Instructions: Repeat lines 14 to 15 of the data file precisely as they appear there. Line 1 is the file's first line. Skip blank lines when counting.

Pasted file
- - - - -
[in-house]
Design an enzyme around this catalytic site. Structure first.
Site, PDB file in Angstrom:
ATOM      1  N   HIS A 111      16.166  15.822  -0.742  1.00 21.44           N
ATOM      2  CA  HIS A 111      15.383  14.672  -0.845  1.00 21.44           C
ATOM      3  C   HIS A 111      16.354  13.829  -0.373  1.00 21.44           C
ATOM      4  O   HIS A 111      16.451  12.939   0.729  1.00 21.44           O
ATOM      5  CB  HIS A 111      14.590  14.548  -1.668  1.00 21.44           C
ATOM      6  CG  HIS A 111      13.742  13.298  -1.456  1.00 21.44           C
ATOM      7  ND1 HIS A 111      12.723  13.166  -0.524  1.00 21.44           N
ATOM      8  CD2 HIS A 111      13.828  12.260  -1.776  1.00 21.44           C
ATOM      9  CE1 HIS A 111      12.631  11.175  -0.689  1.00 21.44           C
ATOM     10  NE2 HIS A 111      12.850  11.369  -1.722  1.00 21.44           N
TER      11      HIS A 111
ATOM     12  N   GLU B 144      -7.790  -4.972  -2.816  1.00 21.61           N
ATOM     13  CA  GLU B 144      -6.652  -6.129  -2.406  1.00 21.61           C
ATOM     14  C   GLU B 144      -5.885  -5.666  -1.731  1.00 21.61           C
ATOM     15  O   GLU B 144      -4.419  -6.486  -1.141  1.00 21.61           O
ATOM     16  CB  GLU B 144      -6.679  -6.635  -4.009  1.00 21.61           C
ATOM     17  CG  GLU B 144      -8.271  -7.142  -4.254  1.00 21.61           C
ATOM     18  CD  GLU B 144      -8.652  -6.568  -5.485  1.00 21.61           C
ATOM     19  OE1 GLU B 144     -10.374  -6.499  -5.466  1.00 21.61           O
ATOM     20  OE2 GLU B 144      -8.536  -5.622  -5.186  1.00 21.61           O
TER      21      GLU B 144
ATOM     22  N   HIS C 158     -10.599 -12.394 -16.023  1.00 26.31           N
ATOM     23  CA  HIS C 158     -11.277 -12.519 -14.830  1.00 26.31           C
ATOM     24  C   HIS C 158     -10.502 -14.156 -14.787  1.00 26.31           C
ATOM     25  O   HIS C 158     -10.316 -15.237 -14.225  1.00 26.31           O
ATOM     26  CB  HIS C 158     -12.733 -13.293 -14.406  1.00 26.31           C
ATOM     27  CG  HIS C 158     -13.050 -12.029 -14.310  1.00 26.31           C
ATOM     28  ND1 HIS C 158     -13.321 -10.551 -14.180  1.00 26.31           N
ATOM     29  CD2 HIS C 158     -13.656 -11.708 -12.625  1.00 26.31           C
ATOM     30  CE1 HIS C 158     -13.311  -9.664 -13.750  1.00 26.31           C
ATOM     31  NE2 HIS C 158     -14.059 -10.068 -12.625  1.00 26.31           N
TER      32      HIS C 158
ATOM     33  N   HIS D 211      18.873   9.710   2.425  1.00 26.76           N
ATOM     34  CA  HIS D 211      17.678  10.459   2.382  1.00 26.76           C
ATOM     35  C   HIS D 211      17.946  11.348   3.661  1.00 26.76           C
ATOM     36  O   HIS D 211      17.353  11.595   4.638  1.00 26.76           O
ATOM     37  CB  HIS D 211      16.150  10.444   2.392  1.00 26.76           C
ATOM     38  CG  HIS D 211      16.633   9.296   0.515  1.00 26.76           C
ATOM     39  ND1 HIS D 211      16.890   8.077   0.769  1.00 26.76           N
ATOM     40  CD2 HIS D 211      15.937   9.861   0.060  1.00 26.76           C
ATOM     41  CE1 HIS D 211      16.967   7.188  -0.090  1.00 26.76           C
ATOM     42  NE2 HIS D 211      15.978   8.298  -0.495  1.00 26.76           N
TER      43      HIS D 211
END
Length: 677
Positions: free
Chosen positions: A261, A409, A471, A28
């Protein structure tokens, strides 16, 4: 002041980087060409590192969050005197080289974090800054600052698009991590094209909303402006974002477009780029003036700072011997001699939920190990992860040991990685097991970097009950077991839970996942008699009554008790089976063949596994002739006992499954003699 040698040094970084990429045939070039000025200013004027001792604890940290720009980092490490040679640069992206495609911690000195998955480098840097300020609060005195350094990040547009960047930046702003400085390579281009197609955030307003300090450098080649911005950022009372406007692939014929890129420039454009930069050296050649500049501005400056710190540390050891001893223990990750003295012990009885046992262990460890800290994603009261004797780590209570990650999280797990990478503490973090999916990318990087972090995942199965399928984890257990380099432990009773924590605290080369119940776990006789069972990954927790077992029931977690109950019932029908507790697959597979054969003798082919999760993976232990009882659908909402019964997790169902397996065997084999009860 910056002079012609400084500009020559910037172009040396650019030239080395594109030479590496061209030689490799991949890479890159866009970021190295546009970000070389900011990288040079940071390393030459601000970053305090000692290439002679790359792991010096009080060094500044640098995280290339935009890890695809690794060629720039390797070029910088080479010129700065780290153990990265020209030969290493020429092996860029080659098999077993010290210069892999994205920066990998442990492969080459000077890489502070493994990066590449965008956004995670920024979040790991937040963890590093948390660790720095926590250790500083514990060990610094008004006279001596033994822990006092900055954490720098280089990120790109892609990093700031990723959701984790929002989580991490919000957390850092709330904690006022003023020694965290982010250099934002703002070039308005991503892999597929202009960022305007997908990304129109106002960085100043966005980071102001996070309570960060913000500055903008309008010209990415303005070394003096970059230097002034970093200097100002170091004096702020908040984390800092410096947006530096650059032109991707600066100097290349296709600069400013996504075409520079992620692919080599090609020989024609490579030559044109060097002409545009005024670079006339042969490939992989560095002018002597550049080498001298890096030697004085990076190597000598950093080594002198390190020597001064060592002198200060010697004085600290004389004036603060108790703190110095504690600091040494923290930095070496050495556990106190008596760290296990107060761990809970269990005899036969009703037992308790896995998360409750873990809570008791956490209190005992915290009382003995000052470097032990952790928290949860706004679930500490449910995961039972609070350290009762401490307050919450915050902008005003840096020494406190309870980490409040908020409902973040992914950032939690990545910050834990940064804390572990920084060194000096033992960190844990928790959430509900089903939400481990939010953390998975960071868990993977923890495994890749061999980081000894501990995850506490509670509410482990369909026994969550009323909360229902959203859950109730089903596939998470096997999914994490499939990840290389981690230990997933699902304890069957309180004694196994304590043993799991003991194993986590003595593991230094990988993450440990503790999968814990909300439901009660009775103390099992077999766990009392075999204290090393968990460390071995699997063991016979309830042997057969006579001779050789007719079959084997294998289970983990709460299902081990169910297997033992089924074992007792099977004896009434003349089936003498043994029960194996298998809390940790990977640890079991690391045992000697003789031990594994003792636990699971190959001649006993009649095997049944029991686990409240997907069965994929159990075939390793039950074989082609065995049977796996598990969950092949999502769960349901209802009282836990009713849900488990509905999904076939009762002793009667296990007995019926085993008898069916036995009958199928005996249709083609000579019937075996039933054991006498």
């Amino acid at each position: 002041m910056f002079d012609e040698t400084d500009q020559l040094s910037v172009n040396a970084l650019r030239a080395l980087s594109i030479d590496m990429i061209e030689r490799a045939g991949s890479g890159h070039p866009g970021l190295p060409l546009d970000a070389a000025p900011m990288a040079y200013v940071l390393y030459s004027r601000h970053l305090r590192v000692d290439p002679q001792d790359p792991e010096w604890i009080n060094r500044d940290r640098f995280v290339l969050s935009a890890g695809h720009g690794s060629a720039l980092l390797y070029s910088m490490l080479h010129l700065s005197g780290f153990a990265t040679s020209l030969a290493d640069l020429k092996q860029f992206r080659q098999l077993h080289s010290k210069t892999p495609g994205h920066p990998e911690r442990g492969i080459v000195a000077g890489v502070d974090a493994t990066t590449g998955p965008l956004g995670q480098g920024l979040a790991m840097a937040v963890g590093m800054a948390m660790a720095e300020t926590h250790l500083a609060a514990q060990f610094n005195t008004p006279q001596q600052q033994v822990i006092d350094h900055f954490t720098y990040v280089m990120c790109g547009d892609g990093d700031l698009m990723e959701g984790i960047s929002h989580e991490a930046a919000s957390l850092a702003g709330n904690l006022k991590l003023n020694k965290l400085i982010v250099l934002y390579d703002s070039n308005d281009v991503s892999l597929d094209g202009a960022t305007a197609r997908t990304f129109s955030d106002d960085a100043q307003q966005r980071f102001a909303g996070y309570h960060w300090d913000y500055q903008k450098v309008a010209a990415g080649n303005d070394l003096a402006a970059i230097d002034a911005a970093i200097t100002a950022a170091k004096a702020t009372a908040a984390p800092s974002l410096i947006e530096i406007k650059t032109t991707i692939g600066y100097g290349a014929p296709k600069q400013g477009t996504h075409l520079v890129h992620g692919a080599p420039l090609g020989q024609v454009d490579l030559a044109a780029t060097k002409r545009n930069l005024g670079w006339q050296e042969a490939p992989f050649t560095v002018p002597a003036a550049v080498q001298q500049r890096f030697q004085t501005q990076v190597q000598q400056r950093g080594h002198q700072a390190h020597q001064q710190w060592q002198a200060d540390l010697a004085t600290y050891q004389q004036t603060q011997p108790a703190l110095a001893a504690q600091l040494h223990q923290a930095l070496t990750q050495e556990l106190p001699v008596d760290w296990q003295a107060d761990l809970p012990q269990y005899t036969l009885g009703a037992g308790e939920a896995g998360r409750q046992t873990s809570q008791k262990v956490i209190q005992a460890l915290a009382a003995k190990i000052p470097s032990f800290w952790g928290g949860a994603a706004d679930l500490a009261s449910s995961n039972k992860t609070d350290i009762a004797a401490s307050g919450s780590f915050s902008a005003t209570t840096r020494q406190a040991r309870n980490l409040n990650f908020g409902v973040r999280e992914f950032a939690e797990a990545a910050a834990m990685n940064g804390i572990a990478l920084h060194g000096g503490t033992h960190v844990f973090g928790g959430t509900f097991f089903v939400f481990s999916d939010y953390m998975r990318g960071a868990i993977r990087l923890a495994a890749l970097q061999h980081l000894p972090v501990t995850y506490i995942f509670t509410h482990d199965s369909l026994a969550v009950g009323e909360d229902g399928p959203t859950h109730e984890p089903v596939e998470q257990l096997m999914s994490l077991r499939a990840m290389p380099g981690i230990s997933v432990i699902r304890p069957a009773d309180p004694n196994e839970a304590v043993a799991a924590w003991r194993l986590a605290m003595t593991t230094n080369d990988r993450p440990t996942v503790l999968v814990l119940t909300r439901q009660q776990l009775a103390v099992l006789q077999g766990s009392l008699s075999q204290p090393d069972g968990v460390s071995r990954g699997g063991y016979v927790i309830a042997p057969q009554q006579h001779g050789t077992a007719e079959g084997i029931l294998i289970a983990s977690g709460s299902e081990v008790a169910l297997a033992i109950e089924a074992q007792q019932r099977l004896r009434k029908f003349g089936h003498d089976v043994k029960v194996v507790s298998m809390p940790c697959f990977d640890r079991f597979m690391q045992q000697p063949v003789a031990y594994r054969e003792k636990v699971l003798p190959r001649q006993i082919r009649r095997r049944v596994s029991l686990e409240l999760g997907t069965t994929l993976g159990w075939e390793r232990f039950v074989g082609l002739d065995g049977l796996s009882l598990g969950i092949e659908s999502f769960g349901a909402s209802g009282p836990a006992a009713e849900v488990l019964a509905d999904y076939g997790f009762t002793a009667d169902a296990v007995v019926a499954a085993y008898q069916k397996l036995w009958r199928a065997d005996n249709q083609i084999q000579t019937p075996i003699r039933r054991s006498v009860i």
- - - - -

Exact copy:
TER      11      HIS A 111
ATOM     12  N   GLU B 144      -7.790  -4.972  -2.816  1.00 21.61           N